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Since July 2018, law #2018-670 protects trade secrets in France (this law was adopted as part of the transposition of Directive (EU) 2016/943 of June 8, 2016).

If we refer in principle to trade secret with regard to the production of documents in court, a judgment of the Paris Court of Appeal of April 8, 2021 recalls that we can also rely on trade secret in matters of procedural document. Here is a great decision in terms of trade secrets.

In this case, on February 19, 2021, the ITM AI company (a subsidiary of the ITM company, owner of the Intermarché and Netto brands) was summoned by the French Minister of the Economy and Finance before the Commercial Court for unfair trade practices.

Noting that the summons issued to it contains sensitive information and that this summons is also in the process of being issued to AgeCore, a purchasing center in which ITM AI is a 16% shareholder (the other shares being held by competitors), ITM AI summons the Minister in summary proceedings for the purpose of saying:

  • that the summons contains confidential information relating to business secrecy,
  • that their disclosure would cause it serious and irreversible damage,
  • that it is thus necessary to redact confidential information.

Unsuccessful at first instance, ITM AI appealed against the order.

The Court of Appeal then proceeds step by step, various lessons that can be drawn from its analysis.

On the data for which protection is requested

Recalling the definition of business secrecy in Article L151-1 of the French Commercial Code, the Court of Appeal first examines the data present in the summons and in the documents produced in support of it. This concerns in particular quantified information on the amounts invoiced, on the number of contracts signed with suppliers, on the reductions obtained by ITM AI from suppliers, extracts from framework contracts, a table presenting the volumes of orders, commercial policies, annual agreements, reports of supplier declarations including figures, etc.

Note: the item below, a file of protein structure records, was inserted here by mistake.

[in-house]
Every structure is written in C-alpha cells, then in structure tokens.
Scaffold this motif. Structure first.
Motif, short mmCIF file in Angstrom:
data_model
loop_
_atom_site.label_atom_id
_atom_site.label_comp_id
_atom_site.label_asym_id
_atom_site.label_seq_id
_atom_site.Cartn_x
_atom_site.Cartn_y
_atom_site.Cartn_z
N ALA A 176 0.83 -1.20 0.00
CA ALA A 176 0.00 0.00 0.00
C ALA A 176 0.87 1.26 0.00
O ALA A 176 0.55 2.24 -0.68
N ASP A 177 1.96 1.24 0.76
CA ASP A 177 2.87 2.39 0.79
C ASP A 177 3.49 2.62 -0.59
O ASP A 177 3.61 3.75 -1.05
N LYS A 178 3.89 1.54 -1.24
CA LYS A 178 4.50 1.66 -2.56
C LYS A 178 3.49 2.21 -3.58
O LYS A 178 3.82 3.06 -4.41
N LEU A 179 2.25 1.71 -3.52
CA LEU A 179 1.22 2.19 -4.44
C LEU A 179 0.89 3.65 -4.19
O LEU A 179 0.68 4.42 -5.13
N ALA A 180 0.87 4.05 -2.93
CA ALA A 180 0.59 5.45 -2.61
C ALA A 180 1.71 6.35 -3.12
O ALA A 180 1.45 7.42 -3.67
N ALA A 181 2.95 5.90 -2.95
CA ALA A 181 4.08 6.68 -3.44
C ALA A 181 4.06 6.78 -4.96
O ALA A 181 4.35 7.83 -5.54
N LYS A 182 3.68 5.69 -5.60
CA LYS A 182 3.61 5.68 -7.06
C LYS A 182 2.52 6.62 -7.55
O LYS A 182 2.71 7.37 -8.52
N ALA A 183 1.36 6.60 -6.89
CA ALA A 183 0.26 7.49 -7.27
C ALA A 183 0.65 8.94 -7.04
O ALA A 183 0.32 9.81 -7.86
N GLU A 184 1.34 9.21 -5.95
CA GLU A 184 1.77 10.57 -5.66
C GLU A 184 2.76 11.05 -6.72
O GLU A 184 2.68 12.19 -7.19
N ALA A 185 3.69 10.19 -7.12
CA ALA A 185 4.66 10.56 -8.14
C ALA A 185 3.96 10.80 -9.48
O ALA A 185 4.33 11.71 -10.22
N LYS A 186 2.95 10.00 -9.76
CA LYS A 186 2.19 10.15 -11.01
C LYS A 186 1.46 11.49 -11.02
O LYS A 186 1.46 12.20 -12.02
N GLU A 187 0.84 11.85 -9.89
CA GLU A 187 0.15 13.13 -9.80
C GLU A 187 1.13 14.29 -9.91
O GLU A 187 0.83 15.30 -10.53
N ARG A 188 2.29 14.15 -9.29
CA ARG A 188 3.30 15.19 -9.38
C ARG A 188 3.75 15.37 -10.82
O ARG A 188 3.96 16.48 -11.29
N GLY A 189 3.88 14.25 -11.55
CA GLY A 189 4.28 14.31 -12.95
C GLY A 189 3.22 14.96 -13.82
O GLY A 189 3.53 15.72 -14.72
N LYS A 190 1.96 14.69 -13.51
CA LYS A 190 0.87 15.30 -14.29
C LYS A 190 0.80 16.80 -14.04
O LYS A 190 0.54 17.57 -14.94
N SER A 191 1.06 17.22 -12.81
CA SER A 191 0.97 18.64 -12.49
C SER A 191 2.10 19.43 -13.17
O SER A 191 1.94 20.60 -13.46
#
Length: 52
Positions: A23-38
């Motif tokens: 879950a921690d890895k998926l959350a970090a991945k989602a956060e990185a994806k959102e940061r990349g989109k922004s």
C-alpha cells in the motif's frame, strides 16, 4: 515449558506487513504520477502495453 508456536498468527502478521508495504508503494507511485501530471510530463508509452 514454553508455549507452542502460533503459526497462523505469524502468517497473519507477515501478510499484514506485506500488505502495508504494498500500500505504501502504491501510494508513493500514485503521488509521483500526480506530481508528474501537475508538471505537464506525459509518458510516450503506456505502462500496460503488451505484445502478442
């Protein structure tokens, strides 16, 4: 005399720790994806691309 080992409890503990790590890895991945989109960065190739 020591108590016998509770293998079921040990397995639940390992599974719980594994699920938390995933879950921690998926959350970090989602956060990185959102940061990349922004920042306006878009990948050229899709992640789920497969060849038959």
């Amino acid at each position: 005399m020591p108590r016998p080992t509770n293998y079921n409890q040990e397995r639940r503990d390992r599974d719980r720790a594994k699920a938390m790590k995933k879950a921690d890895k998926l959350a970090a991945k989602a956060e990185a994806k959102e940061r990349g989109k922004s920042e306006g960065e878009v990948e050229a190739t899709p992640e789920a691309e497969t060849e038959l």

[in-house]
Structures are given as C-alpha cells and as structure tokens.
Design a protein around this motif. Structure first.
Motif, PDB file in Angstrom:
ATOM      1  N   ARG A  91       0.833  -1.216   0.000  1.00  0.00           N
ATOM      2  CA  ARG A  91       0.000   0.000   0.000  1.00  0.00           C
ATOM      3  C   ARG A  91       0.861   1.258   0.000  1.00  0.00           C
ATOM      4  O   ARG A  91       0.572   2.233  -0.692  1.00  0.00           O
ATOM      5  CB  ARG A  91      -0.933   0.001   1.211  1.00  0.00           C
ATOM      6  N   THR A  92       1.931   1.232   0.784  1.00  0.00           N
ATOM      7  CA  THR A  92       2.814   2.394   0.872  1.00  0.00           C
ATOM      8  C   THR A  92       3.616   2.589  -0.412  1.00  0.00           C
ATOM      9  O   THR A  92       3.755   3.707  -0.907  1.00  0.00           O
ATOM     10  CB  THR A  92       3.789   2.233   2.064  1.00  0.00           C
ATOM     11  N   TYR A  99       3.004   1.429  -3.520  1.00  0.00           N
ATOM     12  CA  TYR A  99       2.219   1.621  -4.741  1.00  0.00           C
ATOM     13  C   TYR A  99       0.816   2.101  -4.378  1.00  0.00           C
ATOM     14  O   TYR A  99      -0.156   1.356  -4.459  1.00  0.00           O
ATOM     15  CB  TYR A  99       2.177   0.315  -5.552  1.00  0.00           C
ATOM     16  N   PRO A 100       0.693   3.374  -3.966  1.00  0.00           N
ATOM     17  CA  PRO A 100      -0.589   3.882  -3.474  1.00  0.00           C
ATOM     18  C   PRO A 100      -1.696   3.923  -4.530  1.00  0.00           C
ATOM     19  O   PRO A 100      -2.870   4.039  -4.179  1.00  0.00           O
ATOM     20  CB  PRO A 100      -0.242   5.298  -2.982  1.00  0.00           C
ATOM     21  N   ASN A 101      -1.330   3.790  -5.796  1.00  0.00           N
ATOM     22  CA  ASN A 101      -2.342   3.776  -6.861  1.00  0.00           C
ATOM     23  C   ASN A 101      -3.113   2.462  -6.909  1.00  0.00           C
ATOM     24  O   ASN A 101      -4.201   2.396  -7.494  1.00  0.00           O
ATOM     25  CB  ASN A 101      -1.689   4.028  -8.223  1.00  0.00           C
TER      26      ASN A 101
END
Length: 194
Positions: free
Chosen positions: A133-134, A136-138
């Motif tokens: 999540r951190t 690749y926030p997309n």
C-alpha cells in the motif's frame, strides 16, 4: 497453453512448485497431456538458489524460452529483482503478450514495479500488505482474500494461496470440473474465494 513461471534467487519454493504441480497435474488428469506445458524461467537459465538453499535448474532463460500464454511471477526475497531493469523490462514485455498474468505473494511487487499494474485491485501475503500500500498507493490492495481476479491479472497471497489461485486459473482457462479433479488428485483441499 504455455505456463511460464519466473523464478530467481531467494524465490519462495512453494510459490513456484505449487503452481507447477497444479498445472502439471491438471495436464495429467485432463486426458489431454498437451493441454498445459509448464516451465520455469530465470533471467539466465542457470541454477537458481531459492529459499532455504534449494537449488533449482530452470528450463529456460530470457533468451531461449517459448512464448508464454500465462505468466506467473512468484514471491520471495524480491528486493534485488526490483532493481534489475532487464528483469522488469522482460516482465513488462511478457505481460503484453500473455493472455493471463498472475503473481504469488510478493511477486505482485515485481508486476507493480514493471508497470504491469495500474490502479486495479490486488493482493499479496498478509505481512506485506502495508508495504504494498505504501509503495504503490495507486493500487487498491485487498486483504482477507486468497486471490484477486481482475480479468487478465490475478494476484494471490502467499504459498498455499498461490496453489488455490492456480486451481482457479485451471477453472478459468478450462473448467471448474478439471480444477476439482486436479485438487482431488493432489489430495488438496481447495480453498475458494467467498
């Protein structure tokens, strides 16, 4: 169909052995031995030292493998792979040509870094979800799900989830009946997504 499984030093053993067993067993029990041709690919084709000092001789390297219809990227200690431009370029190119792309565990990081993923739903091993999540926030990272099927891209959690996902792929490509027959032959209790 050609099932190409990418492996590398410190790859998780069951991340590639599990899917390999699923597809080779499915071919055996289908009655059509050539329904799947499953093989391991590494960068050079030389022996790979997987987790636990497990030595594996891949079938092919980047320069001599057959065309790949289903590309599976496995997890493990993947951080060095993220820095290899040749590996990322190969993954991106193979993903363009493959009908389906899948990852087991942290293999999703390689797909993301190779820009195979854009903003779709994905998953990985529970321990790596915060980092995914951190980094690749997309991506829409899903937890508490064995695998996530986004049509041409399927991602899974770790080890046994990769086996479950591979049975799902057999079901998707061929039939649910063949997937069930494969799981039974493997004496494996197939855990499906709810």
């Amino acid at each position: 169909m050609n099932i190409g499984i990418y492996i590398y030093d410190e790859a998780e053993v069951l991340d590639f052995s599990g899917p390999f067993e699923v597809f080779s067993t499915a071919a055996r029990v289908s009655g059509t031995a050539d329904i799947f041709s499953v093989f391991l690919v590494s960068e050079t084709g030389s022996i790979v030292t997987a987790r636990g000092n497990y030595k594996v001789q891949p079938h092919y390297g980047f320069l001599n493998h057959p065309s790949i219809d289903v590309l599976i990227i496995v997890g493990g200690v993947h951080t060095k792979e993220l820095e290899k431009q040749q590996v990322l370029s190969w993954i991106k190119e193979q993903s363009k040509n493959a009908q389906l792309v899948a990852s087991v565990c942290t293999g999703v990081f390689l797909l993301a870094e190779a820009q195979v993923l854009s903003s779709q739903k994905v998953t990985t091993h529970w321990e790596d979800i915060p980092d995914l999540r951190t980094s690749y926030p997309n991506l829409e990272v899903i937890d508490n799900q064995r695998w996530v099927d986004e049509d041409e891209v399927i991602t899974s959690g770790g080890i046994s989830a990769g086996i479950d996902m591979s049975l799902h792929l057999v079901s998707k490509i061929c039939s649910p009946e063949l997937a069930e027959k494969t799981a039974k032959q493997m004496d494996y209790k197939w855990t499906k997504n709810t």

According to the Court of Appeal, this information is “clearly non-public, not easily accessible and is less than 5 years old so that it is recent enough to remain sensitive and strategic from a commercial and competitive point of view“. For the documents produced, the Court noted that they are also covered by confidentiality clauses, the parties having intended to protect them. According to the appellate judges, this data is therefore a matter of trade secret.

We note here that:

  • the large amount of economic and commercial information that may be considered sensitive;
  • the recent nature of the documents used to confirm the commercial value of the information;
  • the importance of drafting confidentiality clauses in its contracts to confirm their secrecy.

On the preventive measures requested

The Minister initially indicated that trade secret could not be opposed to him since the information was obtained in the exercise of his investigative power (thus basing himself on article L151-7 and L151-7 of French Commercial Code).

The Court of Appeal noted for its part that secrecy was not opposed to the Minister by the company ITM AI since he was able to obtain communication of the information in question, but that this secrecy must be opposed to the other parties. As such, the Court of Appeal considers that the Minister cannot transmit this information without having taken protective measures.

The Minister then maintained that the measures which could be requested of him would seriously infringe the right of defense.

If the Court of Appeal agrees, it calls for interim measures. It then requires that the company AgeCore be provided with only a version of the summons and documents redacted from all confidential data (sensitive data must therefore be redacted).

CA Paris, Pôle 1, Ch. 2, April 8, 2021, RG 21/05090, SAS ITM Alimentaire International c / Minister of the Economy, Finance and Recovery